Today consumers go to the grocery stores and can buy almost any item they would like. Specifically for fruits, we can find blueberries, strawberries, bananas and even starfruit for a majority of the year. But how do these fruits get to our local grocery stores?
There is an infrastructure, a system of organizational and physical structures that supports the possibility of starfruit in Michigan. It can be broken down into three layers:
Top layer: Is the fact that we can walk into a Kroger, Meijer or Whole Foods and put a starfruit in our cart.
Bottom layer: The fruit is grown on trees native to the Philippines, Indonesia, Malaysia, India, Bangladesh and Sri Lanka, but has also expanded to be cultivated throughout non-indigenous tropical areas, such as in Latin America, the Caribbean and southern parts of the U.S. such as Texas, Florida, Puerto Rico and Hawaii.
In any of these cases the fruit is not grown in Michigan and so we have to think about the middle layer of services that connect these.
Middle layer: Thinking through the steps of a starfruit tree being seeded to the fruit being placed on the shelves of a grocery store here, it involves the workers who grow and cultivate the fruit, customs and export control agencies, the Food and Drug Administration (FDA), shipping companies, and grocery stores who stock the fruit.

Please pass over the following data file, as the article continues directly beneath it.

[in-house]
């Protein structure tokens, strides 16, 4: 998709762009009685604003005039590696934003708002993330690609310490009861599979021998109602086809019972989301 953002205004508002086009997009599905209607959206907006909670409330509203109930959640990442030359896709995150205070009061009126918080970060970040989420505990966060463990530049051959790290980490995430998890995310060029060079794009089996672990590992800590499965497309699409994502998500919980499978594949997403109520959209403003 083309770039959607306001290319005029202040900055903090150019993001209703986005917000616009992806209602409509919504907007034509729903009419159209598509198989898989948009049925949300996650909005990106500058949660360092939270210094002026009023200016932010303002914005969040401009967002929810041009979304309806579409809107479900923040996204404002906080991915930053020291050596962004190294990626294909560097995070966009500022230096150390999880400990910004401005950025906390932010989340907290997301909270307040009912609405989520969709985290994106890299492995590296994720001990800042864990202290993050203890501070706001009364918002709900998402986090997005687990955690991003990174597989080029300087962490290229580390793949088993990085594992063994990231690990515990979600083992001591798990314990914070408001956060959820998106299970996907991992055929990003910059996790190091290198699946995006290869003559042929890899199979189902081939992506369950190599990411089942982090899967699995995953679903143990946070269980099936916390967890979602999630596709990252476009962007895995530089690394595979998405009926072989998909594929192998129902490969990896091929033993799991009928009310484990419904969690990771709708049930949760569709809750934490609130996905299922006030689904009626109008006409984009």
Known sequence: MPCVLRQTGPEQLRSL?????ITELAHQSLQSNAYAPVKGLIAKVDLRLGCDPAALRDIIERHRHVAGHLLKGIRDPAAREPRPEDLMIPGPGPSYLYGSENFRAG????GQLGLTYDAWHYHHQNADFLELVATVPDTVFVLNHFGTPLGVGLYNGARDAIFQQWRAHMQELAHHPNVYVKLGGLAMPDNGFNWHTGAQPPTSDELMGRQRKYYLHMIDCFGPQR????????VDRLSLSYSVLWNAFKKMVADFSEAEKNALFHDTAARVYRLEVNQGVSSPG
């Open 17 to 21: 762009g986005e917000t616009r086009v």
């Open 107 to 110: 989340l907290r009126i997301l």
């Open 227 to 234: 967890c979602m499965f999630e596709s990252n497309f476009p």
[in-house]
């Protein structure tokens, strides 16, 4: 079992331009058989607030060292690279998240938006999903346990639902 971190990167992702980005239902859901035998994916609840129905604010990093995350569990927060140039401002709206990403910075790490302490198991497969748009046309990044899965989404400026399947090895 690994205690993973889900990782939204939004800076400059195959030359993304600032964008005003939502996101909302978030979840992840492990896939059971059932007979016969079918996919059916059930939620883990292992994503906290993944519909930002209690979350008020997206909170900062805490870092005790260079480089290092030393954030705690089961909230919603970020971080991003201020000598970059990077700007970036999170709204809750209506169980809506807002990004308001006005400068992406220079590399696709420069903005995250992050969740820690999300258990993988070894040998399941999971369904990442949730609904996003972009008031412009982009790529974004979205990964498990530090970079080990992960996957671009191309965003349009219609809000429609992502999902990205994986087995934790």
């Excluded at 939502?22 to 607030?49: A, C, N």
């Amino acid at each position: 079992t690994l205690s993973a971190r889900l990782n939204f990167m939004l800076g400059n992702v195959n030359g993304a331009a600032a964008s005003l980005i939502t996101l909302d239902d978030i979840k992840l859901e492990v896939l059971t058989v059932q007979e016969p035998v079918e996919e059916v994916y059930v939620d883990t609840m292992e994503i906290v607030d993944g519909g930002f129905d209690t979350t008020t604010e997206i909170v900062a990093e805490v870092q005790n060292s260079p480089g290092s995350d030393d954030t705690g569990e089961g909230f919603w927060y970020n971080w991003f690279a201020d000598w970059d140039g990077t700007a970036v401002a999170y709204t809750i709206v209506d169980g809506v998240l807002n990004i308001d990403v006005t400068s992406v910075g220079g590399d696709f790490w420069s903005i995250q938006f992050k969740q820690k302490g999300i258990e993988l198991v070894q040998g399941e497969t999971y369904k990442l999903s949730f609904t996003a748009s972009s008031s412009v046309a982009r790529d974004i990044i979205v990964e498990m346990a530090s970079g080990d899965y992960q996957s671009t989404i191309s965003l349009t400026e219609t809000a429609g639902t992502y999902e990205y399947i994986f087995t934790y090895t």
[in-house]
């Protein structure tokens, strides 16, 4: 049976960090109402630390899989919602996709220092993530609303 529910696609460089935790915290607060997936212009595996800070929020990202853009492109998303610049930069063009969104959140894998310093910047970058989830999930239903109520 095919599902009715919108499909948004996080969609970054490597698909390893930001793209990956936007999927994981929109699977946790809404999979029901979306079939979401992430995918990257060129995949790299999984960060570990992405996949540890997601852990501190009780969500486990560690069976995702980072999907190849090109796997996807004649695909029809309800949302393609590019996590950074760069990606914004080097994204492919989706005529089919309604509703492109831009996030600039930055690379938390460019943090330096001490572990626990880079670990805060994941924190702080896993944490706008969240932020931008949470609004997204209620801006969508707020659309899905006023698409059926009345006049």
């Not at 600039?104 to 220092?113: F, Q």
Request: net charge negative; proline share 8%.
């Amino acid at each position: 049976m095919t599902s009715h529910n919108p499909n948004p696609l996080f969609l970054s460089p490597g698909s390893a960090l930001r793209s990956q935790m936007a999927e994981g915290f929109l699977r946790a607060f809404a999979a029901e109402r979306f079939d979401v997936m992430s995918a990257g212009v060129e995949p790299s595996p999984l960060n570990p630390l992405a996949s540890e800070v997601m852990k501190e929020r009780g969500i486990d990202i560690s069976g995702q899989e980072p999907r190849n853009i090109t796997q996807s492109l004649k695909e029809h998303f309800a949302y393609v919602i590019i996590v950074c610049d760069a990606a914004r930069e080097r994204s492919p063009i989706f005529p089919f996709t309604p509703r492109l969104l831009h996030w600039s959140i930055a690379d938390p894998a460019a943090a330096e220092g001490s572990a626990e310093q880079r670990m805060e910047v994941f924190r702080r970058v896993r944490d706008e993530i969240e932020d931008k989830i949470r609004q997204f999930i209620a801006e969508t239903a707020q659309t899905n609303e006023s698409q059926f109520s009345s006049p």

The FDA is involved because they set the standards for food regulations in the United States. For instance even though Malaysia is a global leader in starfruit production and probably produce better starfruit being a native location, whole starfruits cannot be imported to the U.S. due to concerns over pests and pathogens.
Starfruit commercial cultivation has not always been an established infrastructure. The fruits popularity and broad consumer acceptance really only took off about 40 years ago in the 1970’s, however the middleware involved has been longer established because it is the same services that are used for most all other non-locally grown fruits and food items we can buy in our grocery stores.